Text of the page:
between both methods may be firstly originated by the
definition of expansion cost in static and dynamic
approaches. Alternative definition of this yearly
expansion cost could lead to more similar results.
Secondly, the use of a short horizon for the study (ten
years) in comparison with groups life span (twenty
years) may be also producing this underestimation.
Finally, more specific for this case, are analysed below.
TABLE IX
RELAXED DYNAMIC EQUILIBRIUM RESULTS (NUMBER OF GROUPS)
Year 1 2 3 4 5 6 7 8 9 10
U1 0 1.13 2.26 3.69 4.92 6.14 7.05 8.06 9.33 10.65
U2 0 0 0 0 0 0 0 0 0 0
U3 2.05 3.22 4.26 5.26 6.43 7.58 8.63 9.58 10.41 11.61
z 3 6 8 10 12 15 17 19 21 23

TABLE X
PROPOSED ALGORITHM RESULTS (NUMBER OF GROUPS)
Year 1 2 3 4 5 6 7 8 9 10
U1 2 3 4 8 10 11 11 14 14 18
U2 - - - - - - - - - -
U3 4 4 8 9 11 12 16 19 19 20
Total 6 7 12 17 21 23 24 33 33 38

The results for first year are shown in TABLE XI.
Maximum values for utility 1 in each row is shown in
bold type. Maximum values for utility 3 are similarly
highlighted in each column. Building two new groups
for utility 1 and four groups for utility 2 is the only
option marked as maximum for both utilities and
consequently it is the solution for Nash equilibrium.
Note that the result (2,2) could be almost considered as
an equilibrium point, with a low difference with the
previous. This solution is closer to the one proposed by
the relaxed algorithm. This small difference shows that
the algorithm is very sensitive to modelling of system
and to precision in computation of results.
TABLE XI
UTILITIES 1 AND 3 BENEFIT FOR YEAR 1 FOR DIFFERENT NUMBER OF
ACCUMULATED NEW GROUPS (M)
U1
U3
0 1 2 3 4 5 6
5078.8 5077.3 5086.1 5082.2 5074.7 5075.3 5070.2
0 4958.7 4949.0 4900.7 4885.0 4869.8 4844.4 4827.3
5041.0 5039.6 5057.9 5054.0 5051.5 5044.1 5036.6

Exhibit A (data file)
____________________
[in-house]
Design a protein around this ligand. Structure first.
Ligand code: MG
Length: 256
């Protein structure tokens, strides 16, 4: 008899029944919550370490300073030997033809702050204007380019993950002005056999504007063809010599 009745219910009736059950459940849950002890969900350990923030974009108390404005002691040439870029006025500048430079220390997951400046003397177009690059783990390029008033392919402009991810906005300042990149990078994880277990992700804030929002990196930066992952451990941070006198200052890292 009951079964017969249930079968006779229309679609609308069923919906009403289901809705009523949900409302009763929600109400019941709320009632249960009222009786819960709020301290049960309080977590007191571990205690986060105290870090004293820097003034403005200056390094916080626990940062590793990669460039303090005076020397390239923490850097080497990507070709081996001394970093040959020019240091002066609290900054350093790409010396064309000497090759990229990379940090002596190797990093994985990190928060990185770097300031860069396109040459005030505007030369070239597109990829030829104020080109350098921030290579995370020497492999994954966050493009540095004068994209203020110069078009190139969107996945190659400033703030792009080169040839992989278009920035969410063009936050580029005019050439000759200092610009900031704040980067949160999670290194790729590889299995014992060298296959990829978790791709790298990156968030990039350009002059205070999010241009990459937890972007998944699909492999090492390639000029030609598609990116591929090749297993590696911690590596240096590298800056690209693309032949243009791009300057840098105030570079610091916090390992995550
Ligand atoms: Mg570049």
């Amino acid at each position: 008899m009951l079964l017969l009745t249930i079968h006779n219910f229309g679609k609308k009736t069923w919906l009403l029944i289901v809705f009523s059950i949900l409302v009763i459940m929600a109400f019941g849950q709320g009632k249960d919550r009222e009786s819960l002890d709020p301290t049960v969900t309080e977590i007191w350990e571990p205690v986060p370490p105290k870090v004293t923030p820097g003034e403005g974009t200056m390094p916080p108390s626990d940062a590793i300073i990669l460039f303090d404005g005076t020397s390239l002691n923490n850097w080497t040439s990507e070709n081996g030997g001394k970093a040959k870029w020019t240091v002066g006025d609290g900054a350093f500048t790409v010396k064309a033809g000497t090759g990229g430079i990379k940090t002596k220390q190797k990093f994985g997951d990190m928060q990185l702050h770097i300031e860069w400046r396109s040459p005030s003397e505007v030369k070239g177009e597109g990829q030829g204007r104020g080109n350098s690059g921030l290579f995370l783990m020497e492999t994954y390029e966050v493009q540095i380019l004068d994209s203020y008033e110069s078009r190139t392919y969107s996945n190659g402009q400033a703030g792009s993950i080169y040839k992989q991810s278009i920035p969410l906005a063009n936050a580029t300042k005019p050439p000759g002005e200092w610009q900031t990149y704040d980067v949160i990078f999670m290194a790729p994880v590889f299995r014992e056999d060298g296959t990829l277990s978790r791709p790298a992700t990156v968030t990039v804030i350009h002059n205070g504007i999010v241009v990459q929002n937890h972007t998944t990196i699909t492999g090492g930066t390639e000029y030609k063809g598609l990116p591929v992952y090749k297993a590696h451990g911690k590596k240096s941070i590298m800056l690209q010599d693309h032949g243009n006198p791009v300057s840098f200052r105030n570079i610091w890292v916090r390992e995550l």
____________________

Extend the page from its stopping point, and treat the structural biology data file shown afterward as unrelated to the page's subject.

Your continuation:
1
4971.7 4961.6 4908.3 4895.0 4877.4 4853.8 4836.6
5017.8 5015.6 5020.8 5011.0 5002.3 5001.9 4997.0
2 4974.5 4964.4 4919.3 4903.4 4894.3 4867.7 4849.1
4984.3 4987.5 4999.0 4997.4 4990.6 4986.9 4973.7
3 4983.0 4962.2 4920.2 4901.7 4891.2 4864.6 4851.6
4970.8 4971.5 4980.1 4978.2 4974.3 4974.2 4966.2
4 4981.1 4956.8 4920.2 4901.8 4885.7 4858.7 4845.5
4965.6 4971.5 4975.0 4969.7 4962.4 4952.2 4942.0
5 4973.8 4946.8 4912.5 4895.7 4881.3 4856.2 4846.7
4929.0 4938.6 4938.7 4936.2 4933.4 4932.0 4921.9
6 4982.4 4938.3 4917.1 4898.7 4878.8 4853.7 4844.3

Situation is more complicated in year 2 (see TABLE
XII). There is not a point of equilibrium, but there are
four states that establish a 2x2 region of equilibrium. If
decision of U1 is to install 3 groups, then U3 finds its
maximum installing 5 groups, these decision leads U1
to add a group to reach a maximum. In this situation
U3 prefers to reduce one group to maximize benefit.
For this decision of U3, the best option for U1 is to
build up 3 groups, that was the starting point. The
values (3,4) has been chosen heuristically as
equilibrium point first because the increment that U3
would obtain changing its decision is lower than the
other three changes that appear in the previously
described dynamic. Besides, the difference is
negligible.
TABLE XII
UTILITIES 1 AND 3 BENEFIT FOR YEAR 2 FOR DIFFERENT NUMBER OF
ACCUMULATED NEW GROUPS (M)
U1
U3
2 3 4 5 6 7 8
5467.1 5485.3 5484.5 5481.8 5483.4 5476.9 5461.3
4 5507.9 5453.1 5434.0 5416.2 5387.5 5369.0 5360.6
5459.1 5466.7 5467.4 5461.5 5463.6 5459.3 5449.0
5
5502.9 5453.5 5428.9 5417.1 5386.7 5366.7 5356.9
5450.3 5465.2 5467.5 5458.7 5460.7 5446.0 5433.3
6
5493.1 5444.2 5419.0 5408.4 5378.1 5362.9 5354.1
5426.6 5425.9 5423.2 5417.2 5417.9 5412.8 5402.3
7 5485.5 5446.5 5427.5 5415.0 5386.3 5367.3 5357.4
5415.1 5416.9 5413.9 5407.9 5408.5 5403.4 5393.0
8 5474.8 5438.4 5419.4 5406.9 5378.1 5359.2 5349.2
5407.7 5415.6 5414.0 5407.9 5408.6 5395.7 5380.1
9 5462.7 5425.8 5406.1 5393.4 5364.8 5349.4 5341.8
5400.6 5401.0 5394.2 5386.3 5375.7 5365.5 5354.7
10 5449.4 5419.9 5402.7 5379.6 5359.8 5349.4 5339.1

Year 3, presented in TABLE XIII, raises a different